The programme is accredited by the Chartered Institute of Arbitrators in London, and students awarded the Diploma will be eligible for election to Membership of the Institute (M.C.I.Arb.) and exemption from the Institute’s Fellowship (F.C.I.Arb) and Chartered Arbitrator examinations - credentials which are recognised worldwide. Further details of the Institute's fellowship requirements may be obtained directly from the Institute's website at www.arbitrators.org. Local information may also be obtained from the institute's Irish Branch at Merchants House, 27-30 Merchant’s Quay, Dublin 8, Tel: 01-7079739, e-mail ciarb@iol.ie

The topics covered in the course will be of particular importance to all professionals coming in to contact with arbitration. Students will be expected to have either a legal qualification or a qualification or experience in a professional practice such as accountancy, architecture, engineering, etc. where arbitration is frequently encountered.

The Diploma in Arbitration is taught by means of lectures and seminars over the course of an academic year. Lectures are held once a week (in semester 1)on and are supplemented by six or possibly seven Saturday seminars (in semester 2) from practising arbitrators and arbitration events. The Saturday seminars normally run fortnightly, and constitute a mandatory integral part of the course. Lectures in the Irish Law and Legal Procedure component for non-lawyers are held on one additional evening per week, over the duration of the course. In semester 1. This annual course commences in September.

The syllabus is designed to provide students with a detailed knowledge of Irish Law and procedure relating to arbitrations. A special feature of the coures is the Award Writing component which gives a grounding in the construction and analysis of reasoned arbitral awards. A detailed syllabus is available upon request. In brief, the course comprises of two parts as follows:

Arbitration Law and Procedure

  • The Law of Arbitration
  • Arbitration Practice and Procedure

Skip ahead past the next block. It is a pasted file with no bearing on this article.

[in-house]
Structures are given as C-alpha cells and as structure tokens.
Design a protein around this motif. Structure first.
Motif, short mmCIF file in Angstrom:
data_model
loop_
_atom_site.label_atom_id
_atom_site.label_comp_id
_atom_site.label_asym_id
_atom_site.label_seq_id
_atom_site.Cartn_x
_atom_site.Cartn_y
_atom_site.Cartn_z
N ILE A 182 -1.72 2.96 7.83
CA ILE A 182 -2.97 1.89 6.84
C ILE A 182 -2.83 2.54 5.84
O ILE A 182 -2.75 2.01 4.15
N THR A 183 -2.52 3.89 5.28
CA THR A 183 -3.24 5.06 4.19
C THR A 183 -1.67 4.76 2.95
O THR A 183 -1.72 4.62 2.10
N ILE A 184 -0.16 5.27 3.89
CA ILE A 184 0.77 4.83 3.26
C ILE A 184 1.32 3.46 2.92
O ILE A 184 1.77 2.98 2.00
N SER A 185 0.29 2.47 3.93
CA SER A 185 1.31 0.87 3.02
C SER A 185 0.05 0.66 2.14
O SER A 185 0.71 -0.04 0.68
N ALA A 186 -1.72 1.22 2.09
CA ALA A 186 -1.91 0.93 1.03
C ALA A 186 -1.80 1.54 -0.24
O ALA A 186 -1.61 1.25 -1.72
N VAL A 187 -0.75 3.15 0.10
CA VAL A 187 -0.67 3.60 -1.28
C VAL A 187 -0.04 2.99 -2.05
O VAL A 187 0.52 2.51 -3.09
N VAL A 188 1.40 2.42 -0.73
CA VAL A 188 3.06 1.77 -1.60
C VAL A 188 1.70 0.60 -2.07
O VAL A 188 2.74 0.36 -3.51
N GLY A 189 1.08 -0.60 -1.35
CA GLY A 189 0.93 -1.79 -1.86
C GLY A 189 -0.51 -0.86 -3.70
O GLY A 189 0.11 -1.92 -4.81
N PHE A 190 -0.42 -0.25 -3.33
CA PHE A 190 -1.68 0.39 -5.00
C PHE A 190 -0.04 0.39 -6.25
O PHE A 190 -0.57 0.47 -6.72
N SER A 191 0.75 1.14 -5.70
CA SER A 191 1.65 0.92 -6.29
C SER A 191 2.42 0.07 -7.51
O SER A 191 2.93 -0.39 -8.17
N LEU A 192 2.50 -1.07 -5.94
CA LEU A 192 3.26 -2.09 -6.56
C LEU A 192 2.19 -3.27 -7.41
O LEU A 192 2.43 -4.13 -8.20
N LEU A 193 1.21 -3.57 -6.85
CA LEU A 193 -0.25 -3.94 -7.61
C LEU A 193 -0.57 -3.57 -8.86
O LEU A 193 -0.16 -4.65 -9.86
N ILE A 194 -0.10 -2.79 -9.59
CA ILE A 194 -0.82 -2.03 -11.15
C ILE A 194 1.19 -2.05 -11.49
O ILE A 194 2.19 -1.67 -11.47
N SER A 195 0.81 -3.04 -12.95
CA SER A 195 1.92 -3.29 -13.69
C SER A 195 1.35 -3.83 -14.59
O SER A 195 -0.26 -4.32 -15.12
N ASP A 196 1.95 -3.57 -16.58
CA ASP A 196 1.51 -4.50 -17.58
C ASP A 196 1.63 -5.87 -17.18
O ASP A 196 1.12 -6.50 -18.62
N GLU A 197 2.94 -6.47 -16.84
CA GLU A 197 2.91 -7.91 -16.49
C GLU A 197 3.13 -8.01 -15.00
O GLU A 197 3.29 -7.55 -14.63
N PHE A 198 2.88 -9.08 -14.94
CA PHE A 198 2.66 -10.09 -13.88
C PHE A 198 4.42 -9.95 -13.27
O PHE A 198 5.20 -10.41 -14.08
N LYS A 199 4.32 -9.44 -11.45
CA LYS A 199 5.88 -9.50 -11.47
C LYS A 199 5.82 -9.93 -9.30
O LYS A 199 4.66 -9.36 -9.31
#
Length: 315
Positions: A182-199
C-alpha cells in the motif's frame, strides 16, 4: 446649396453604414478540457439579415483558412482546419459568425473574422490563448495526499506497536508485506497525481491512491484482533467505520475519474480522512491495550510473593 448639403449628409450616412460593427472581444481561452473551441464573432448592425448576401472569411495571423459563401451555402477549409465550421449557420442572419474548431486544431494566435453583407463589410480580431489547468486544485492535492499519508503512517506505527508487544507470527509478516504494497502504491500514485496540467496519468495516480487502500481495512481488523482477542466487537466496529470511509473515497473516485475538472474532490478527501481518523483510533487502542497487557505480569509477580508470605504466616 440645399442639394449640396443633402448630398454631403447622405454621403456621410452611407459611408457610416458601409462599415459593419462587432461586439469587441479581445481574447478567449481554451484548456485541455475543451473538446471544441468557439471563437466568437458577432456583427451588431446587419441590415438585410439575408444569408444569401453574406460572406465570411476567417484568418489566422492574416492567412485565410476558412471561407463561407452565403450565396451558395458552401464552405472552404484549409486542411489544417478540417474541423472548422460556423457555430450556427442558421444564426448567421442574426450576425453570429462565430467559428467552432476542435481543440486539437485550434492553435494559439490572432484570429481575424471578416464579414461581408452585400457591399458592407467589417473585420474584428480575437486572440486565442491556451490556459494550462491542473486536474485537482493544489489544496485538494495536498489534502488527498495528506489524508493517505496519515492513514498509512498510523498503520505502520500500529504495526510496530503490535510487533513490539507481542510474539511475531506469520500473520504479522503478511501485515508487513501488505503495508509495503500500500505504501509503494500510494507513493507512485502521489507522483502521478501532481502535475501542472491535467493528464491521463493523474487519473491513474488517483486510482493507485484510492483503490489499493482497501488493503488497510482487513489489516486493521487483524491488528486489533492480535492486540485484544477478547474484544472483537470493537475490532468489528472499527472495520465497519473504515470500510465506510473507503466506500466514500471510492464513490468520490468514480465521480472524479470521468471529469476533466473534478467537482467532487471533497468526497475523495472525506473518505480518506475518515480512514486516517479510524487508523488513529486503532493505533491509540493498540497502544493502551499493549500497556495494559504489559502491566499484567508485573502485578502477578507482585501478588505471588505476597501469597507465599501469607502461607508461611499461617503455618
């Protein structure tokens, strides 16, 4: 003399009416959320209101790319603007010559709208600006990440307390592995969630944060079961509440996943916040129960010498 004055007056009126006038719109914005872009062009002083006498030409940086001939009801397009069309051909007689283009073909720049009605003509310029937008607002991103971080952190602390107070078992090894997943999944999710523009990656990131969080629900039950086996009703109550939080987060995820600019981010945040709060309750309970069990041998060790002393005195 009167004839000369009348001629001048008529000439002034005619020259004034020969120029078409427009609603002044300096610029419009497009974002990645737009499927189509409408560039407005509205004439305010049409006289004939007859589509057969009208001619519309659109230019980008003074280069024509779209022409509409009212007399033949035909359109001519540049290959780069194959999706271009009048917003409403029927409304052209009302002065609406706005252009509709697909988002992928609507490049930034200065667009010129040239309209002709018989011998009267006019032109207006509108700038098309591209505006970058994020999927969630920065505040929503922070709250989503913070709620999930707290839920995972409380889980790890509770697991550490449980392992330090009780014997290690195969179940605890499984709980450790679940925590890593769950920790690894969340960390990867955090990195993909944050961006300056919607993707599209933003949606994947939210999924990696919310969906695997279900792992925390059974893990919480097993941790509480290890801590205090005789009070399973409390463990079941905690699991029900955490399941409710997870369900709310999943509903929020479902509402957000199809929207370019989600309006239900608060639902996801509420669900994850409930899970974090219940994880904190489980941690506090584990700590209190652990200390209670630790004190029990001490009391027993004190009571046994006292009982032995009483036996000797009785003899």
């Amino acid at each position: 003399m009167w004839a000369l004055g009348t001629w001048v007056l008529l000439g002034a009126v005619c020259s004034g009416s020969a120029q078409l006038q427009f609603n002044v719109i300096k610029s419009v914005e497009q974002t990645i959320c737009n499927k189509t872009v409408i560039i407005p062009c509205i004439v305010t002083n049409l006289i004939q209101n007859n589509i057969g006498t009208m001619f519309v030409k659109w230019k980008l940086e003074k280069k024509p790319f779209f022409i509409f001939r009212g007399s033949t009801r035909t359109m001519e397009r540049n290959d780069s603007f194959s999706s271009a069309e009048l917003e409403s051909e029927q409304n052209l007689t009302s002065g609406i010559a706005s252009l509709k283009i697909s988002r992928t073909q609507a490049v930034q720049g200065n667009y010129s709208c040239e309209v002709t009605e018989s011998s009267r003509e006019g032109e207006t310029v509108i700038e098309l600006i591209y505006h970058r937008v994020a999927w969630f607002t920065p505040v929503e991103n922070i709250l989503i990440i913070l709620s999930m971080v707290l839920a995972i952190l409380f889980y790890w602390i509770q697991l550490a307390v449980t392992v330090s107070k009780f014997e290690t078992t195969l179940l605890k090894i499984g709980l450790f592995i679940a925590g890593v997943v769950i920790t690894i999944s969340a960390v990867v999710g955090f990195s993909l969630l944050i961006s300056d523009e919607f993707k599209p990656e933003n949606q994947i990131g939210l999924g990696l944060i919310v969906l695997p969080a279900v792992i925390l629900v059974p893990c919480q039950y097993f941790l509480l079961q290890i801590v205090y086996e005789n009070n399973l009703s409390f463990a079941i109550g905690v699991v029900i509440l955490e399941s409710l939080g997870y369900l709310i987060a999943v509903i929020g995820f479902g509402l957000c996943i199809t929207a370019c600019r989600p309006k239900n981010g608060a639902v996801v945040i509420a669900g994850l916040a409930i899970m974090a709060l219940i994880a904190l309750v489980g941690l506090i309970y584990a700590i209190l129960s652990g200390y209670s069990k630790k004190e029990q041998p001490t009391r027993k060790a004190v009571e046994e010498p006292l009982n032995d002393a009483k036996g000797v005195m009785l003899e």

• Duties of Witnesses of Opinion (Expert Witnesses)

Award Writing

  • Constructing and Drafting Orders
  • Legal Analysis of Matters Leading to the Publishing of an Award
  • Writing on Enforceable, Reasoned Award

Law Component for Non-Lawyers

An important feature of the Diploma in Arbitration coures for students who do not have a law degree or professional legal qualification is an additional component on Irish law and Legal Procedure. This law component for non-lawyers is designed to teach the necessary fundamentals of Irish law and procedure, and covers:

  • General Concepts and Principles of Law
  • Law of Tort
  • Law of Contract
  • Law of Evidence

Semester 1

Core Modules

  • Arbitration Law & Procedure
  • Award Writing

Option Modules

Students please note: for students who do not have a law degree or professional legal qualification you will need to choose an additional module on Irish Law and Legal Procedure

  • Irish Law & Legal Procedure

Semester 2

Core Modules

  • Arbitration Skills
  • Applied Arbitration
  • Advanced Issues in Arbitration
  • Award Writing

The programme also provides a valuable background knowledge which will be of assistance to those who act as expert witnesses in their own professions or trade and who are consulted for the purpose of giving evidence in court or at arbitrations. Founded in 1997, the programme has been successfully completed by a wide and varied complement of professionals, many of whom are leaders in their fields.

The Programme is for Professionals coming in to contact with arbitration. You will be expected to have either a legal qualification or a qualification or experience in a professional practice such as accountancy, architecture, engineering, etc. where arbitration is frequently encountered, such as

  • Practising barristers or solicitors
  • Barristers or solicitors actively engaged in legally connected employment,
  • Graduates holding an approved university degree or law-based interdisciplinary university degree,
  • Persons with other academic and/or professional qualifications and/or such experiences as would satisfy the School that they are able to participate on this course.

We have an excellent Careers Development Centre here at UCD, designed to help you with information regarding future employment or studies. UCD hold a number of graduate events throughout the year including a dedicated law fair at which at which many of the big Law firms will be in attendance. The School of Law has a dedicated careers advisor on it’s Academic staff, Dr. Oonagh Breen, and a staff member from the careers office will be in attendance at the School of law on a number of occasions throughout the academic year. To see the full range of services offered by the careers office go to http://www.ucd.ie/careers/